Beyond is the 50-metre - wide stairway which has 392 stairs leading to the vault. On both sides, pine and ginkgo trees guard the way. At the end of the stairway is a gate, 16 metres high and 27 metres wide; the tri-arched marble gate is inscribed with the personal motto of Dr. Sun, with four Chinese characters written by him, "Tian Xia Wei Gong" which means "What is under heaven is for all". Inside the gate, there is a pavilion in which a 9-metre stele is set, a memorial monument set by the Kuomintang. A few stairs up is the vault. In front of the sacrificial hall there stands a pair of huabiao, ancient Chinese ornamental columns, which are 12.6 meters high. The sacrificial hall is a palace of 30 metres in length, 25 metres in width, 29 metres in height. In the center of the hall a 4.6-metre -high statue of Dr. Sun sits; the statue was sculptured out of Italian white marble. The hall's ceiling features the flag of the Kuomintang. Biographical information on Dr. Sun is available to visitors in the hall.
North of the hall lies the bell-shaped vault. Architectural influence of the Mausoleum's design is evident in Taiwan's Chiang Kai-shek Memorial Hall. In a historical documentary, Chiang Kai Shek, former President of the Republic of China, officiated the opening and paid his visit to Mausoleum reporting his victory of the Northern Expedition to unify China in 1929. Chiang made a second visit in summer of 1946 after the conclusion of the second world war to report the victory for his cause that mainland China was once again in Chinese sovereignty. On 27 April 2005, Kuomintang Chairman Lien Chan, his wife, other KMT members visited the Mausoleum, it was the first visit of KMT members to the site since 1949. On 15 November 2006, a visit was made to the Mausoleum by Dr. Sun's granddaughter, Sun Huiying, by over eighty years old. In May 2008, Wu Po-hsiung became the first ruling KMT Chairman to visit the Sun Yat-sen Mausoleum since 1949. There were concerns that the 392 steps leading to the tomb would be too taxing given Wu's leg injuries.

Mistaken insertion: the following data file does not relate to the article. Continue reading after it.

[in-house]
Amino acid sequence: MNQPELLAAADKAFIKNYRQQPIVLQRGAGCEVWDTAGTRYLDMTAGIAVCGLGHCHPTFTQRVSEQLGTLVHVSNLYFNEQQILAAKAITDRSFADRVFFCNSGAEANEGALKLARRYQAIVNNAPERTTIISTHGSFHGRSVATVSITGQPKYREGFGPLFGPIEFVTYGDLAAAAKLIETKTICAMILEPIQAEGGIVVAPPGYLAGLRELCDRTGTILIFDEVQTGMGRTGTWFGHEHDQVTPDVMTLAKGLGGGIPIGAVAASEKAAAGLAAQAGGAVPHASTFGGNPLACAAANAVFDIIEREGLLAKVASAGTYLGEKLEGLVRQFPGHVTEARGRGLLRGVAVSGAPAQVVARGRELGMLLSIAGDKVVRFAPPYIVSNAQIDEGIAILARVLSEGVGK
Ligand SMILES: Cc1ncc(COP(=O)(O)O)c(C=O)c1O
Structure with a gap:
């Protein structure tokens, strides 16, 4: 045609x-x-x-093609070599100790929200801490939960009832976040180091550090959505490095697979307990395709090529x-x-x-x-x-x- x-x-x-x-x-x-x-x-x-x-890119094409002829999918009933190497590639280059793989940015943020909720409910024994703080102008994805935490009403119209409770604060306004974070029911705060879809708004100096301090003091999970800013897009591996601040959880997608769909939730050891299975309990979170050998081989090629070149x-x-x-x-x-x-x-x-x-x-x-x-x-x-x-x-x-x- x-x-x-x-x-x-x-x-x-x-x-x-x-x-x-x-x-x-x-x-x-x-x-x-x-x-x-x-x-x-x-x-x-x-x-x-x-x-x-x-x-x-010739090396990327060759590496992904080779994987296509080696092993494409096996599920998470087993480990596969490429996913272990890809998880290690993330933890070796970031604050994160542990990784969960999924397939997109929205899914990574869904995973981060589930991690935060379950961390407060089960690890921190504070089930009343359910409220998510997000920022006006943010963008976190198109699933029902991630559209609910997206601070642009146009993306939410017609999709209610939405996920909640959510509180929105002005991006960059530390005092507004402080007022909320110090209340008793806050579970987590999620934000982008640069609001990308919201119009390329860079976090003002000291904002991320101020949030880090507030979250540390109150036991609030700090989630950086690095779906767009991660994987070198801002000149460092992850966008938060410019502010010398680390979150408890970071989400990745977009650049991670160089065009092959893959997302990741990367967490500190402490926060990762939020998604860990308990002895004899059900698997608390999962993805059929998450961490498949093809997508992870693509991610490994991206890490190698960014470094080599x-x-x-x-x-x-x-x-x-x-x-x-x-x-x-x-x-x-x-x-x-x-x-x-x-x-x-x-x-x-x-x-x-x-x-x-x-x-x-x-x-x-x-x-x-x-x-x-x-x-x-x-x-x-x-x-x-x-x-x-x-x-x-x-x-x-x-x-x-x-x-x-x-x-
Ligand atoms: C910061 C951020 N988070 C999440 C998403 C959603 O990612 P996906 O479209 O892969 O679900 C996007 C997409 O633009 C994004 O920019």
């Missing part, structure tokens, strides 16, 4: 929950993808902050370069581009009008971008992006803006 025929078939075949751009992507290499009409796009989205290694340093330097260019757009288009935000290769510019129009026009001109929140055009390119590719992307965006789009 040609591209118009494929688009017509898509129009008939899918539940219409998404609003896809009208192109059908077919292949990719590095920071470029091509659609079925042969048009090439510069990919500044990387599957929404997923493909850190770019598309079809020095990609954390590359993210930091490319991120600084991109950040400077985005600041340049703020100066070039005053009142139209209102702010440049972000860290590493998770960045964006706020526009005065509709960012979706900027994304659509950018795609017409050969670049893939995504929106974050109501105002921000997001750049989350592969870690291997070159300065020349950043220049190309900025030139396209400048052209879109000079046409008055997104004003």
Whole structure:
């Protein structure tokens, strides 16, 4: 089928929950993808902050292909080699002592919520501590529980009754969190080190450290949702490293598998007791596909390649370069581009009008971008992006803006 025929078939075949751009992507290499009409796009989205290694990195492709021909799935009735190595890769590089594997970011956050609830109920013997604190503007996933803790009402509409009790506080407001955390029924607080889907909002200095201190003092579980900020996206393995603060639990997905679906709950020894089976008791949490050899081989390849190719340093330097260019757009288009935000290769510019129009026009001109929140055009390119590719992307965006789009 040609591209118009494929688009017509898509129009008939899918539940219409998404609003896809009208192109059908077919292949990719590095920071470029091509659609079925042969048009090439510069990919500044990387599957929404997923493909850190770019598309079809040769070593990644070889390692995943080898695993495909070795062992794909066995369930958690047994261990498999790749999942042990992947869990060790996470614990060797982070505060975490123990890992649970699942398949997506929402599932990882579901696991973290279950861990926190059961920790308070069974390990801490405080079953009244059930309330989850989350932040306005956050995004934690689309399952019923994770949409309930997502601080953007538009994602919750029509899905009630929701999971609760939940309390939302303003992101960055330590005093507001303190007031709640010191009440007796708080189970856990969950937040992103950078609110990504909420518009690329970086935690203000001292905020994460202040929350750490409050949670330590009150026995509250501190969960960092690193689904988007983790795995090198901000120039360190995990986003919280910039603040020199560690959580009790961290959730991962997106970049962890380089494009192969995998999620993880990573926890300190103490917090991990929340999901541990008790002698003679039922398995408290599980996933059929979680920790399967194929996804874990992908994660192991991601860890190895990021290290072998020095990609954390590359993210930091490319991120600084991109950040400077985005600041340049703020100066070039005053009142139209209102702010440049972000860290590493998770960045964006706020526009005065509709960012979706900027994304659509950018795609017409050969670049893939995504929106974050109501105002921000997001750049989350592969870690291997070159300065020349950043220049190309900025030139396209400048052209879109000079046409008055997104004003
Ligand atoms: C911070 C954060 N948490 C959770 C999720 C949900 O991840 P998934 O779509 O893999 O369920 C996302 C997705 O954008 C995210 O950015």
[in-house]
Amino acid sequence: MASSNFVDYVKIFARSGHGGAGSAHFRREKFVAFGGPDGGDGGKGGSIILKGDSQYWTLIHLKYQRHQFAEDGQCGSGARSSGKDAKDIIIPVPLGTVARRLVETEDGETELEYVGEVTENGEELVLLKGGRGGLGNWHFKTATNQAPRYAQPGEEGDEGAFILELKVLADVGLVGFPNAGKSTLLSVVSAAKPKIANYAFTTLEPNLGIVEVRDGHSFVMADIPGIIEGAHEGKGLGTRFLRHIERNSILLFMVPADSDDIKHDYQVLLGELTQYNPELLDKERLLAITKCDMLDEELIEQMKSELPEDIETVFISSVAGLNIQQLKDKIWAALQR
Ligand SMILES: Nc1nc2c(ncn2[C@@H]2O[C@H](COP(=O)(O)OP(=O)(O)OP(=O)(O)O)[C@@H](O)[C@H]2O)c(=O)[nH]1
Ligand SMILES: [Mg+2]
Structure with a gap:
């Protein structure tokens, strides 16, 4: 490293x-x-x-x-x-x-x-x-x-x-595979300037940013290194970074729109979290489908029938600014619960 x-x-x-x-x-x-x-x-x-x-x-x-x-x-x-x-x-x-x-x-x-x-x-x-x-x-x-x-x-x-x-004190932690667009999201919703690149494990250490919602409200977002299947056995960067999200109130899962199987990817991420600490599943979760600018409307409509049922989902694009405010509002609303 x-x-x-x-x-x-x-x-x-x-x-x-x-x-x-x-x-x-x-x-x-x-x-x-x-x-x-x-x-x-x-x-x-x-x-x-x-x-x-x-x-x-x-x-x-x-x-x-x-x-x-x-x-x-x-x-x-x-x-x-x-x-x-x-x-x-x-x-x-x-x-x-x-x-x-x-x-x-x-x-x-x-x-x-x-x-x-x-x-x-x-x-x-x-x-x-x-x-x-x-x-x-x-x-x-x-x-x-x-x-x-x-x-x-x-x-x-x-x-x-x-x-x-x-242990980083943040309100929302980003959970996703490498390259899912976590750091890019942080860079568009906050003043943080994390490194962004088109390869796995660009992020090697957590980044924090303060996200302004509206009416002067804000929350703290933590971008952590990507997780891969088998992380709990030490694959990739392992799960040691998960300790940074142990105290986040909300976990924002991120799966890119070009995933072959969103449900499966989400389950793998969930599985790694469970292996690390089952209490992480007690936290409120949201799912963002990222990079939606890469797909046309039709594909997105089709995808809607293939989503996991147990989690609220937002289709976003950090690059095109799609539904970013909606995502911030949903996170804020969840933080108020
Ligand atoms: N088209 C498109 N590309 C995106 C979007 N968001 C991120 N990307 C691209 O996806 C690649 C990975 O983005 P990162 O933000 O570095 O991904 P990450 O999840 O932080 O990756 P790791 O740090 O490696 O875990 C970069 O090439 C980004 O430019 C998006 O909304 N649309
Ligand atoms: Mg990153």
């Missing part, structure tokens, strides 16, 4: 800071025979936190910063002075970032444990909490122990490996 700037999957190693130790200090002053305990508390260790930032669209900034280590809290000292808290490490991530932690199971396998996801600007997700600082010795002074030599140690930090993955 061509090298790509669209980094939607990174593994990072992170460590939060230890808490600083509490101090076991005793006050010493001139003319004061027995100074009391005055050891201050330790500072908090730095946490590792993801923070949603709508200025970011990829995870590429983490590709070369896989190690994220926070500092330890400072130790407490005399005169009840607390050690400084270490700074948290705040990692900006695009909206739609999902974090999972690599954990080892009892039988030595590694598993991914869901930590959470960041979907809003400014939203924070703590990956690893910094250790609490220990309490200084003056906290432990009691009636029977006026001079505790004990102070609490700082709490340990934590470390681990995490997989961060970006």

On 12 February 2014, Wang Yu-chi became the first ROC government official in office to visit the site after the end of the Chinese Civil War in 1949. On 31 October 2016, KMT Chairperson Hung Hsiu-chu visited the mausoleum during her mainland trip for the Cross-strait Peace Development Forum. National Chiang Kai-shek Memorial Hall Cihu Mausoleum Touliao Mausoleum Linggu Temple and Tomb of Tan Yankai Tomb of Lin Sen at Geleshan, Chongqing Tomb of Liao Zhongkai and He Xiangning Plum Blossom Mountain in Nanjing Tomb of Hu Hanmin at Longyandong, Guangzhou Wu Zhihui Memorial park in Kinmen Tomb of Huang Xing at Yuelu Mountain Second Guangzhou Uprising Tomb of Sun Zhesheng in Yangmingshan Private Cemetery, Beitou District, Taipei Tomb of Yu Youren in Yangmingshan National Park, Taipei Sun Yat Sen Nanyang Memorial Hall Sun Yat-sen Memorial Hall Sun Yat Sen Memorial House Sun Yat-sen Museum Penang Sun Yat Sen Memorial Park Dr. Sun Yat-sen Mausoleum national park
House of Flowers (mausoleum)
House of Flowers is the resting place of Josip Broz Tito, the President of the Socialist Federal Republic of Yugoslavia, his wife Jovanka Broz. It is located on the grounds of the Museum of Yugoslav History in Dedinje, Serbia; the name House of Flowers comes from the fact that many flowers surrounded the tomb until it was closed to the public after the breakup of the Socialist Federal Republic of Yugoslavia. Today there are only white rocks, it was internally called "flower shop" during Tito's life when it served as his auxiliary office with covered garden. "House of Flowers" was built on the basis of a project by architect Stjepan Kralj. It was built as a winter garden with areas for work and rest of Josip Broz with an area of 902 square metres near the residence where he lived, it consists of three parts: the central one - a flower garden, two parallel wide corridors on the sides. On the opposite side of the entrance is an uncovered terrace with a view of Belgrade. In the central part, following his personal wish, Tito was buried in May 1980.
Permanent exhibition in "House of Flowers" consist of local and federal Relays of Youth from the period after 1957, from when 25 May was celebrated as Youth Day. Beside that, written messages that Tito received with relays, photographs of people carrying and exchanged batons and programs of rallies, other related material are displayed in the museum. For a decade after the breakup of the Socialist Federal Republic of Yugoslavia the entire complex was closed to the public and the military guards were permanently removed. However, today the site is open again to people who wish to pay their respects. Many guests, from all over the former Yugoslavia, visit the place on May 25 - the former Youth Day under Socialism; the memorial was visited by more than eleven thousand people in 2004, since 1982, more than 17,000,000 people. Official website House of flowers - Virtual tour